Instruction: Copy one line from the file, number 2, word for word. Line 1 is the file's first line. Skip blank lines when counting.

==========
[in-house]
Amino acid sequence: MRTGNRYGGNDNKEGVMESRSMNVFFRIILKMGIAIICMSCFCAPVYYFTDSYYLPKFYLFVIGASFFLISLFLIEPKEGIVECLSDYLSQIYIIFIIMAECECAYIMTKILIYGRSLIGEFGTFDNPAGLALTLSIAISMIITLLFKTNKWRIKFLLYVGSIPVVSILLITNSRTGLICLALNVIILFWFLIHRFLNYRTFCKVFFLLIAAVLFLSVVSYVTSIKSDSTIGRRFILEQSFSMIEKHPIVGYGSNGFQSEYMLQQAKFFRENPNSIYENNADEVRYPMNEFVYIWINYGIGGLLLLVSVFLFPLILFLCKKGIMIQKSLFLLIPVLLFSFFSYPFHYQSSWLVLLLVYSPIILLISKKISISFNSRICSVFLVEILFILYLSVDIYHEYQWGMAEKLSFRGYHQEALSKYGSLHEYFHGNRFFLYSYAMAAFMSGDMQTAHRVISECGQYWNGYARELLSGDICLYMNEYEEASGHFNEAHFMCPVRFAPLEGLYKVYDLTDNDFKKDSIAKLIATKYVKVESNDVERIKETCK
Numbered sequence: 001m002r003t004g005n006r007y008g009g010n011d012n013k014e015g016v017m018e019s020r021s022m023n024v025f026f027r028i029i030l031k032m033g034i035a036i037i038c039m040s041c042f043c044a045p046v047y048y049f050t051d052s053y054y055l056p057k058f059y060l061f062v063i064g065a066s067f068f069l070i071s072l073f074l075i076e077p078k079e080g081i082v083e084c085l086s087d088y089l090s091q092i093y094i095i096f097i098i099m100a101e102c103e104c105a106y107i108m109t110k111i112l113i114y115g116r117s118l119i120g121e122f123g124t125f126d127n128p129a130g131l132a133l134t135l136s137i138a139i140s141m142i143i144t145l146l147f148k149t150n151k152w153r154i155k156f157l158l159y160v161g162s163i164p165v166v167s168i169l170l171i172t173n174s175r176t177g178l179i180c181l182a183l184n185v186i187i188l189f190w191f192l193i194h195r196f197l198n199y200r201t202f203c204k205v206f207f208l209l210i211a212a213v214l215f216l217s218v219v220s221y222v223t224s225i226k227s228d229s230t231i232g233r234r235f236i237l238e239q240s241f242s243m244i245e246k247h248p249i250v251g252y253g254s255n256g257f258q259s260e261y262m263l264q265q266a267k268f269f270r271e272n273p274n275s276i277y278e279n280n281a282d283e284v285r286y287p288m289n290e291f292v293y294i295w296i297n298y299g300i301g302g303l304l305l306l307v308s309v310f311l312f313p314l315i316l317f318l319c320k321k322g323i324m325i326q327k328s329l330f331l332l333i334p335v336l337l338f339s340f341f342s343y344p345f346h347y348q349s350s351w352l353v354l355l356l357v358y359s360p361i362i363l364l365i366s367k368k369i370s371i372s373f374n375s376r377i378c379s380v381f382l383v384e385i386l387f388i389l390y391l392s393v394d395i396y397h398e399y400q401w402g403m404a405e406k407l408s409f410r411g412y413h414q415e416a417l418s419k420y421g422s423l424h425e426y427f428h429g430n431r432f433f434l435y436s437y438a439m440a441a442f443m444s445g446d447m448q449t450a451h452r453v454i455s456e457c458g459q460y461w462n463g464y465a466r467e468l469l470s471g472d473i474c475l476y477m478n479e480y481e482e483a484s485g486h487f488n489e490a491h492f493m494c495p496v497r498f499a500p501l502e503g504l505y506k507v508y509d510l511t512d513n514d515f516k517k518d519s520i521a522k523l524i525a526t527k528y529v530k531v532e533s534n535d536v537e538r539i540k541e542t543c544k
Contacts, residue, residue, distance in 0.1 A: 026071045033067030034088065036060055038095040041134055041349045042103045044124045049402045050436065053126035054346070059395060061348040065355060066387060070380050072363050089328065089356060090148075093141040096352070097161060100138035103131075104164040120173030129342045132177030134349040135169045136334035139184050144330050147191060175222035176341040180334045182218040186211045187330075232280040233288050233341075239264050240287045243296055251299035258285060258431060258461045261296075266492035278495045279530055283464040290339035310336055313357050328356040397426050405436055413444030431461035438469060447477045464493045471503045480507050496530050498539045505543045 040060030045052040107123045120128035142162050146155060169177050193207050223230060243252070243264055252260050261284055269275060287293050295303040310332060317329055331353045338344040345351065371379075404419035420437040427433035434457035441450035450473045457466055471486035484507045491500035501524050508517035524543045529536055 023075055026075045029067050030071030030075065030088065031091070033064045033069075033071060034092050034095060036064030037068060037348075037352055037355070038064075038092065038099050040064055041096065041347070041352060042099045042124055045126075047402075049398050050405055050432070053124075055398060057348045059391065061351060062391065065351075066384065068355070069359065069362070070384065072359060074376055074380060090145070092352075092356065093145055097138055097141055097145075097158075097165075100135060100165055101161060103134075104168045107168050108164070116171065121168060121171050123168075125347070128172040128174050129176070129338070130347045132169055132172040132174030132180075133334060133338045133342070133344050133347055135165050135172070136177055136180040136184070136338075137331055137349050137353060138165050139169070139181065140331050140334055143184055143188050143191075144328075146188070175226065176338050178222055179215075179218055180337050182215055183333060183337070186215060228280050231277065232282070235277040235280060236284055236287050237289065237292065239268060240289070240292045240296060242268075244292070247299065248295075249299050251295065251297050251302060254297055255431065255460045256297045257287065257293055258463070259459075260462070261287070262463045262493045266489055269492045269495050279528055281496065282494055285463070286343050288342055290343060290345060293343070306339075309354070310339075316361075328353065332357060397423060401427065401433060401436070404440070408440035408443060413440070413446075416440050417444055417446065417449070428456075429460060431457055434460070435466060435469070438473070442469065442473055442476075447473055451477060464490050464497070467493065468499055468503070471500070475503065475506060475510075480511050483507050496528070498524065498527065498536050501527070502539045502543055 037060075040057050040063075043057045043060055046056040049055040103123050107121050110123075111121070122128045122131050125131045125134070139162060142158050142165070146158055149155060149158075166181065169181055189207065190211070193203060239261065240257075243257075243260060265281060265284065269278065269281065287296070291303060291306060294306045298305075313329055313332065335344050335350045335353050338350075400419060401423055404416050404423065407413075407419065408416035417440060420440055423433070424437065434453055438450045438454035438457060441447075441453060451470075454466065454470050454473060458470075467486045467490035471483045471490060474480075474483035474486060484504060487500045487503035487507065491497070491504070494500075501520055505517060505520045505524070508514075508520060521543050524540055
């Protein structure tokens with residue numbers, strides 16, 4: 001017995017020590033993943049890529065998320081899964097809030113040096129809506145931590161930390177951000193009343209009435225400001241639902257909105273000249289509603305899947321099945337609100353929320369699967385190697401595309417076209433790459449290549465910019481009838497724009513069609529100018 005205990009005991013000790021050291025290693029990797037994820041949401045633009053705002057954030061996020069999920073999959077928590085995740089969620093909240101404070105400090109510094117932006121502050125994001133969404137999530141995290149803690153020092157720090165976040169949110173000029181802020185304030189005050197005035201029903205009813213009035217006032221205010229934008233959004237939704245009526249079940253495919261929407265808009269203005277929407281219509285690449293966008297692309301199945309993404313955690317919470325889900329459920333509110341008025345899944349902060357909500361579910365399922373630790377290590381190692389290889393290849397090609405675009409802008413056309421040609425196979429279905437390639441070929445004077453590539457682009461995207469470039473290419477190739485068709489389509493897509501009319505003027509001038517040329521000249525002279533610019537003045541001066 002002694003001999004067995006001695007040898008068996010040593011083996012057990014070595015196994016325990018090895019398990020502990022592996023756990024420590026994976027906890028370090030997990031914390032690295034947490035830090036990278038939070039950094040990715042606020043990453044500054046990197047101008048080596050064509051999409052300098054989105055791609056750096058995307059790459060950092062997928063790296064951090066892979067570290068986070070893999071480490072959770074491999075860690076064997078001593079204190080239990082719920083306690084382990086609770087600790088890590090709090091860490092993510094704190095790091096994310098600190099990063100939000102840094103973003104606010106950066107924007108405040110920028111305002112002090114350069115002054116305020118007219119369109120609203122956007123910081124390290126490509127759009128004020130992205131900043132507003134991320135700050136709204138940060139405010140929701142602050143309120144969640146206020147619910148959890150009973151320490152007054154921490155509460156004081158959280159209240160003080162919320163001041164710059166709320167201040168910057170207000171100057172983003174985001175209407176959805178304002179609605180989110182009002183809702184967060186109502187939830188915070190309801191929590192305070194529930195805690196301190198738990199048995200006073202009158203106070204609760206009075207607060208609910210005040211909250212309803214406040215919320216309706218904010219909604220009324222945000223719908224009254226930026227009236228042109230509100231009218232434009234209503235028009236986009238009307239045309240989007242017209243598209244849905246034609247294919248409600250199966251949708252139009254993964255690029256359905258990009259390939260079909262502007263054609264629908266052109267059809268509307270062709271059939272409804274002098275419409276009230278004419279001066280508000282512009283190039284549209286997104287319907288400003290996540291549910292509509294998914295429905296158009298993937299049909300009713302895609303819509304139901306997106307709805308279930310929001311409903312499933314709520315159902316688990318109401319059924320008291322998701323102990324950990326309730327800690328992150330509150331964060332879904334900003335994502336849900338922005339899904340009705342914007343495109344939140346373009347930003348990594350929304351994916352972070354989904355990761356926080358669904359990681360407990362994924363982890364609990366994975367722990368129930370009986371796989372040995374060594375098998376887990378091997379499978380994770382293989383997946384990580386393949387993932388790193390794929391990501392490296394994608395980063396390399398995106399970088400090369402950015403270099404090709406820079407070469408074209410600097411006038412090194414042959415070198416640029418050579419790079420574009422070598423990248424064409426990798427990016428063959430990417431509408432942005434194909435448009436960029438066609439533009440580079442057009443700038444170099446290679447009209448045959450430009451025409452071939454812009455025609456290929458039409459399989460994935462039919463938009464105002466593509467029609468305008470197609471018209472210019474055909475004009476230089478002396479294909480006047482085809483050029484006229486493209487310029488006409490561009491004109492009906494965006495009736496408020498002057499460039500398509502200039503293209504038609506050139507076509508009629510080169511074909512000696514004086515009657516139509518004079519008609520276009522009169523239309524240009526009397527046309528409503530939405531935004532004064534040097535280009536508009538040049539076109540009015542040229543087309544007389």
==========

Amino acid sequence: MRTGNRYGGNDNKEGVMESRSMNVFFRIILKMGIAIICMSCFCAPVYYFTDSYYLPKFYLFVIGASFFLISLFLIEPKEGIVECLSDYLSQIYIIFIIMAECECAYIMTKILIYGRSLIGEFGTFDNPAGLALTLSIAISMIITLLFKTNKWRIKFLLYVGSIPVVSILLITNSRTGLICLALNVIILFWFLIHRFLNYRTFCKVFFLLIAAVLFLSVVSYVTSIKSDSTIGRRFILEQSFSMIEKHPIVGYGSNGFQSEYMLQQAKFFRENPNSIYENNADEVRYPMNEFVYIWINYGIGGLLLLVSVFLFPLILFLCKKGIMIQKSLFLLIPVLLFSFFSYPFHYQSSWLVLLLVYSPIILLISKKISISFNSRICSVFLVEILFILYLSVDIYHEYQWGMAEKLSFRGYHQEALSKYGSLHEYFHGNRFFLYSYAMAAFMSGDMQTAHRVISECGQYWNGYARELLSGDICLYMNEYEEASGHFNEAHFMCPVRFAPLEGLYKVYDLTDNDFKKDSIAKLIATKYVKVESNDVERIKETCK